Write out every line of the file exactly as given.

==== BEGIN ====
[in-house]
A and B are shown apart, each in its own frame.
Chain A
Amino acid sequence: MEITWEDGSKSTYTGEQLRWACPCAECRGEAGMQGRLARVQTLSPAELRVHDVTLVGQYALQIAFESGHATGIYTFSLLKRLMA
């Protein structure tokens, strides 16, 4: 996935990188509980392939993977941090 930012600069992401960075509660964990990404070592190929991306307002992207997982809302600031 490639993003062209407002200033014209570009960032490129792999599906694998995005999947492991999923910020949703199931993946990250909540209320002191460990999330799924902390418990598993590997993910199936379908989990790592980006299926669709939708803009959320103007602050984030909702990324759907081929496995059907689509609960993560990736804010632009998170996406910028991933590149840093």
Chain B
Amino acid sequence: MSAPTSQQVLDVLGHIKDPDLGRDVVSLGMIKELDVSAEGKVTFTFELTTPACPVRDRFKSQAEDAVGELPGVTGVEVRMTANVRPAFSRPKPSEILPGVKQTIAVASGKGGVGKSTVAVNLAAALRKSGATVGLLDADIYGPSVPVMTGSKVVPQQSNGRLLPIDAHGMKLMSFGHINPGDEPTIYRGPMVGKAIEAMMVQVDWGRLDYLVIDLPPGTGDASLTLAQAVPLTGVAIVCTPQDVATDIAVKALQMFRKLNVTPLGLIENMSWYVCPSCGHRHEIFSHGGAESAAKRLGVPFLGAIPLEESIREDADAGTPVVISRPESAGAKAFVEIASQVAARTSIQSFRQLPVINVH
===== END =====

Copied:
[in-house]
A and B are shown apart, each in its own frame.
Chain A
Amino acid sequence: MEITWEDGSKSTYTGEQLRWACPCAECRGEAGMQGRLARVQTLSPAELRVHDVTLVGQYALQIAFESGHATGIYTFSLLKRLMA
């Protein structure tokens, strides 16, 4: 996935990188509980392939993977941090 930012600069992401960075509660964990990404070592190929991306307002992207997982809302600031 490639993003062209407002200033014209570009960032490129792999599906694998995005999947492991999923910020949703199931993946990250909540209320002191460990999330799924902390418990598993590997993910199936379908989990790592980006299926669709939708803009959320103007602050984030909702990324759907081929496995059907689509609960993560990736804010632009998170996406910028991933590149840093």
Chain B
Amino acid sequence: MSAPTSQQVLDVLGHIKDPDLGRDVVSLGMIKELDVSAEGKVTFTFELTTPACPVRDRFKSQAEDAVGELPGVTGVEVRMTANVRPAFSRPKPSEILPGVKQTIAVASGKGGVGKSTVAVNLAAALRKSGATVGLLDADIYGPSVPVMTGSKVVPQQSNGRLLPIDAHGMKLMSFGHINPGDEPTIYRGPMVGKAIEAMMVQVDWGRLDYLVIDLPPGTGDASLTLAQAVPLTGVAIVCTPQDVATDIAVKALQMFRKLNVTPLGLIENMSWYVCPSCGHRHEIFSHGGAESAAKRLGVPFLGAIPLEESIREDADAGTPVVISRPESAGAKAFVEIASQVAARTSIQSFRQLPVINVH